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Facial telangiectasias are dilated vessels appearing superficially in the dermis mostly on the alae nasi. Telangiectasias are also common in scars and various skin lesions.


Incidence: very common

Age: most common in adults and elderly people

Sex, race: no sex or race predisposition

Precipitating factors: chronic actinic damage, rosacea, and topical steroid use are the most common precipitating factors. Other less common etiologies include hereditary hemorrhagic telengiectasia, Cockayne syndrome, ataxia telengiectasia, Bloom’s syndrome, Rothmund–Thomson syndrome, scleroderma, CREST syndrome, lupus, and radiation dermatitis


Telangiectasias consist of fine, tiny, erythematous linear vessels, typically 0.2 to 2 mm in diameter, coursing along the surface of the skin, which blanch easily upon pressure.


Dilated, thin-walled vessels in the upper dermis.


Facial telangiectasias are usually chronic in nature with no spontaneous resolution.


Facial telangiectasias are frequently treated for cosmetic purposes. Multiple effective treatment options exist.

  • Laser treatment: multiple effective options are available. Patients must be aware that over time they are likely to develop more telangiectasias.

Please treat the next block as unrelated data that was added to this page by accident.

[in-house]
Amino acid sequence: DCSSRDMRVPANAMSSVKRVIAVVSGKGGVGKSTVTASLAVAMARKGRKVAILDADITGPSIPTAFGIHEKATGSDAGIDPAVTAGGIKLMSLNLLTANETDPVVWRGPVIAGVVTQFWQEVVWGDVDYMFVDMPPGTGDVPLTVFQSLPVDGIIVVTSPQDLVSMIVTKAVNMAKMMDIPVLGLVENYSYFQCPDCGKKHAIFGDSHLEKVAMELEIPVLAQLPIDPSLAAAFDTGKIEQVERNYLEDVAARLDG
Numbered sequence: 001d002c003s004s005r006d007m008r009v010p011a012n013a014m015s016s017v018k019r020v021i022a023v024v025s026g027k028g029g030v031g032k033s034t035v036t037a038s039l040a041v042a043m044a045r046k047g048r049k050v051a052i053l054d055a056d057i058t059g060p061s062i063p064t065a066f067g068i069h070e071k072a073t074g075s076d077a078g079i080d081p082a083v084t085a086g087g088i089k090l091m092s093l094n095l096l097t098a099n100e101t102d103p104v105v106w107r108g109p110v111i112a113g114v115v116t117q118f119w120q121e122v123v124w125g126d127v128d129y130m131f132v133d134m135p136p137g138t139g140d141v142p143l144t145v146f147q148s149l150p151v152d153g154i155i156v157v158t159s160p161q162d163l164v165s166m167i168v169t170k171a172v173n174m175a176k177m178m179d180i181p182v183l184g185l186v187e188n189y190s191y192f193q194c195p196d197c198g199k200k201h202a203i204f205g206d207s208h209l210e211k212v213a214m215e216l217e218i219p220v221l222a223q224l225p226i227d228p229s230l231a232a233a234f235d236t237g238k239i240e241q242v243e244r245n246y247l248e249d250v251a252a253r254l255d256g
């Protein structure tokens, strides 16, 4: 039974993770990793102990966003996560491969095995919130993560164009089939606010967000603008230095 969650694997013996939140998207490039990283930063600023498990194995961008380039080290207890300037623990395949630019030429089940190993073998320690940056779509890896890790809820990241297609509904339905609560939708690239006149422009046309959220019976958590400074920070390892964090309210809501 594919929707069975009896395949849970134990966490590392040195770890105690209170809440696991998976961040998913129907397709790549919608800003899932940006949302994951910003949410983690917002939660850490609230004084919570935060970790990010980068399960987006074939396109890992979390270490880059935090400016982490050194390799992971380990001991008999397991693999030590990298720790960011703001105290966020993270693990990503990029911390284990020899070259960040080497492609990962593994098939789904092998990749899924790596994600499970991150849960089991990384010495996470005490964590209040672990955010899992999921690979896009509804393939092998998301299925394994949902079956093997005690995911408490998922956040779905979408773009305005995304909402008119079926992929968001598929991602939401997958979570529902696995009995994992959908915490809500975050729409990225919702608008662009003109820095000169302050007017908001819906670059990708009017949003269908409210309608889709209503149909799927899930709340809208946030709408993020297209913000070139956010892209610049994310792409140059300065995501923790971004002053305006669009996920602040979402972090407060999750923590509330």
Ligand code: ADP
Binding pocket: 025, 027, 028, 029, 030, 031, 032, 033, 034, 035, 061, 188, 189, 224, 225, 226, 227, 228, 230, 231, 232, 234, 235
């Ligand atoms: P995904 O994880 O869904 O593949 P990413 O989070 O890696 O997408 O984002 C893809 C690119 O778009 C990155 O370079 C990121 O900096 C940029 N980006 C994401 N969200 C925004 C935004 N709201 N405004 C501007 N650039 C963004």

• – Pulsed dye lasers (PDL) are the treatment of choice for facial telangiectasias (Figs. 36.136.5).

Figure 36.1

(A) Middle-aged male with multiple facial telangiectasias. (B) Purpura observed immediately after pulsed dye laser treatment. (C) Significant reduction in telangiectasias after a single-pulsed dye laser treatment

Figure 36.2

(A) Telangiectasias prior to pulsed dye laser treatment. The setting was 10-mm spot, 595 nm, 8 J/cm2, 6-ms pulse duration. (B) Immediately posttreatment. (C) Ten days after pulsed dye laser treatment

Figure 36.3

(A) Female with centrofacial telangiectasias and erythema prior to pulsed dye laser therapy. (B) Pulsed dye laser treatment at a wavelength of 595 nm, 10-ms pulse duration, 7 J/cm2, 7-mm spot size. (C) Appropriate clinical endpoint of erythema and slight edema at sites of treatment. No purpura was produced

Figure 36.4

Telangiectasias prior to long pulse-duration pulsed dye laser treatment. The settings were 40-ms pulse duration, 7-mm spot, 595 nm, 12J/cm2. (B) Note the transient vasoconstriction with almost complete disappearance of the telangiectasias immediately posttreatment. (C) Slight decrease in diameter of the telangiectasias 1 month after one treatment

Figure 36.5 (A)

Large caliber nasal telangiectasias on the nose prior to long-pulse duration pulsed dye laser treatment. (B) Decrease in the ...

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